The finance ministers of the large industrial and trading countries have decided on a global tax reform with minimum taxes for large companies. The German Vice Chancellor Olaf Scholz (SPD) spoke on Saturday at the meeting with his G20 counterparts in Venice of a “great historical moment”. At the end of the ministerial debate, applause broke out.
"The G20 countries have now agreed that they want to agree a new order of international taxation," said Scholz. The reform with a minimum tax of 15 percent and a new distribution of taxation rights among states is expected to come into force in 2023. The final questions should be clarified by October this year, when the heads of state of the G20 countries should agree. Scholz said he was "completely sure" that a decision would be successful there.
At the working level, 131 countries around the world have already approved the plans. The minimum tax of 15 percent is intended to prevent companies from relocating their headquarters to low-tax countries and to prevent the states from lowering their company taxes in competition with one another. In addition, international companies should not only pay taxes in their home countries in the future, but also where they do good business. This affects, among other things, large digital corporations, which up to now have often paid very little taxes overall.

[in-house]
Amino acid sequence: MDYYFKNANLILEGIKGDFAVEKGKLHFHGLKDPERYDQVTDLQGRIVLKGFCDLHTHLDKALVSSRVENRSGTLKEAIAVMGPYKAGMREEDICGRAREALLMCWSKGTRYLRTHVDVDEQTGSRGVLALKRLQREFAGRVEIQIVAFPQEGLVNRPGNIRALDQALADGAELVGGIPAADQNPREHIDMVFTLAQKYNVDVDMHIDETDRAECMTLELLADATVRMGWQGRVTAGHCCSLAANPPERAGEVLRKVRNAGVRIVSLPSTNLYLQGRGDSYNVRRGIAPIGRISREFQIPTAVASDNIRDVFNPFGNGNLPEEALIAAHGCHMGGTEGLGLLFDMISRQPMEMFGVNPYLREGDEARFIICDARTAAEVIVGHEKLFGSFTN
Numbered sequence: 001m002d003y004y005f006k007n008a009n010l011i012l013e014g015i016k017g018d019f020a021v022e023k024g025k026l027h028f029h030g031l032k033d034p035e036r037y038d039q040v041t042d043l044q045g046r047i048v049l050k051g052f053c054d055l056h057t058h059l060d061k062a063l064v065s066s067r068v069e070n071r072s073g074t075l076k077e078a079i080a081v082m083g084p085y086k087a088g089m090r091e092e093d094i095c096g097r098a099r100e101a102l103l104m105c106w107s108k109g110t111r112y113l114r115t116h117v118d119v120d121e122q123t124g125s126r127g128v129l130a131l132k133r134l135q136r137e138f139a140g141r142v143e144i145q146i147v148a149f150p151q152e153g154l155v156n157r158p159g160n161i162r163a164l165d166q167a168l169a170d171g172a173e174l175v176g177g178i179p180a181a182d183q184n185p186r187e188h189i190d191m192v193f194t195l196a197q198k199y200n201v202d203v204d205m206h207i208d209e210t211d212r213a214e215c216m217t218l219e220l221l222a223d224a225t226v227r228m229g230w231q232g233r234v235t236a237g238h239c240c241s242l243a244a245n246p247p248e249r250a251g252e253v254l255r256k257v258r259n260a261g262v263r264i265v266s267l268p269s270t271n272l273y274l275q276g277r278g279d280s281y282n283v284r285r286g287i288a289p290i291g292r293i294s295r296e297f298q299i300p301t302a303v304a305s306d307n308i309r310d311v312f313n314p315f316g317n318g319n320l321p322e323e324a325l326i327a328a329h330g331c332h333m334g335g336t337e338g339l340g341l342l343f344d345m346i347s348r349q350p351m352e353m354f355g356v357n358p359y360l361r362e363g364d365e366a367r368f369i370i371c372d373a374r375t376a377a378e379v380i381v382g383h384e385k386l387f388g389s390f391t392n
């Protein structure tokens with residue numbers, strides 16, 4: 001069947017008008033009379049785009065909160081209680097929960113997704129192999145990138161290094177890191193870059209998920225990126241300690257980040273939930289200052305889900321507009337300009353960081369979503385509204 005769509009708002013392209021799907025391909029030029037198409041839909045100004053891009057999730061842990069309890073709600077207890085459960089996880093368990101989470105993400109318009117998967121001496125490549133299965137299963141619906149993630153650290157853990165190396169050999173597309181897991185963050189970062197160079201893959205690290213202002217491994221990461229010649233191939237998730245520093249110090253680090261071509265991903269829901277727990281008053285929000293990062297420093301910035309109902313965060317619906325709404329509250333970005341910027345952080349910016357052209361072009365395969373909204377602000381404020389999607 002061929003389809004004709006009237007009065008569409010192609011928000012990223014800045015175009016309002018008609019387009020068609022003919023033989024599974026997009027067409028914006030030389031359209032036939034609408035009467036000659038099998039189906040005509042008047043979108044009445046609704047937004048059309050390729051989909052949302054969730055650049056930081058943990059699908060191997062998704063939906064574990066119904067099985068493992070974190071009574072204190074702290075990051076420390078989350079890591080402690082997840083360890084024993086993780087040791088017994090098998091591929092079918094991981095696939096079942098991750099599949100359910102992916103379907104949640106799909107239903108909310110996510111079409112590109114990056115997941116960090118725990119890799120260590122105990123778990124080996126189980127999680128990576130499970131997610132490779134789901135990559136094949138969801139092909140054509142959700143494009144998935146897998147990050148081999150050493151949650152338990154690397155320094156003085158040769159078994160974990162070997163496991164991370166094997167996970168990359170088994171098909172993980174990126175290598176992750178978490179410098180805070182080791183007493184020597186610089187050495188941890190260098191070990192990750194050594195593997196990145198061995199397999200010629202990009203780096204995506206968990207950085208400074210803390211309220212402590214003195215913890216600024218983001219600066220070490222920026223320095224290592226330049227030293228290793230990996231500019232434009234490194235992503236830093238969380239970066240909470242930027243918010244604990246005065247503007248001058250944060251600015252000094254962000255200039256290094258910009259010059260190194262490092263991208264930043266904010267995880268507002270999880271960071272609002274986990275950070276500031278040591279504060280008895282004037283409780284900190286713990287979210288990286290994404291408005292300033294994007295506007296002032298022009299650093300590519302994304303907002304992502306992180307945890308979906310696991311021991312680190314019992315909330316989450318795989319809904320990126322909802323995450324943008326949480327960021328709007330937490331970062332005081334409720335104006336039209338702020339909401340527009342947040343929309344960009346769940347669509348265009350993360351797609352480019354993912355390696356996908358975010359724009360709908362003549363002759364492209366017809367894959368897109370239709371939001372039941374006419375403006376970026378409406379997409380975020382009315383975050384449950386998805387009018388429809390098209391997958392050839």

"The practice of avoiding tax payments by relocating tax payments to tax havens will end for good," said Scholz. At the same time, the states would get more funds to finance their community - and large, very profitable companies would be taxed more fairly.
The industry association BDI warned that the minimum tax rate must be based on the 15 percent brought into play by the USA. Several countries, including France and Germany, had previously indicated that they actually wanted a higher minimum rate. The BDI also warned that the G20 countries should now speak out clearly against additional national and European digital taxes that could lead to competitive disadvantages and trade conflicts.
US Treasury Secretary Janet Yellen also called for an end to European digital taxes. She hoped that the international agreement on a redistribution of taxation rights would make it possible to get rid of existing digital taxes, she said in Venice. The US is of the opinion that these taxes discriminate against American companies.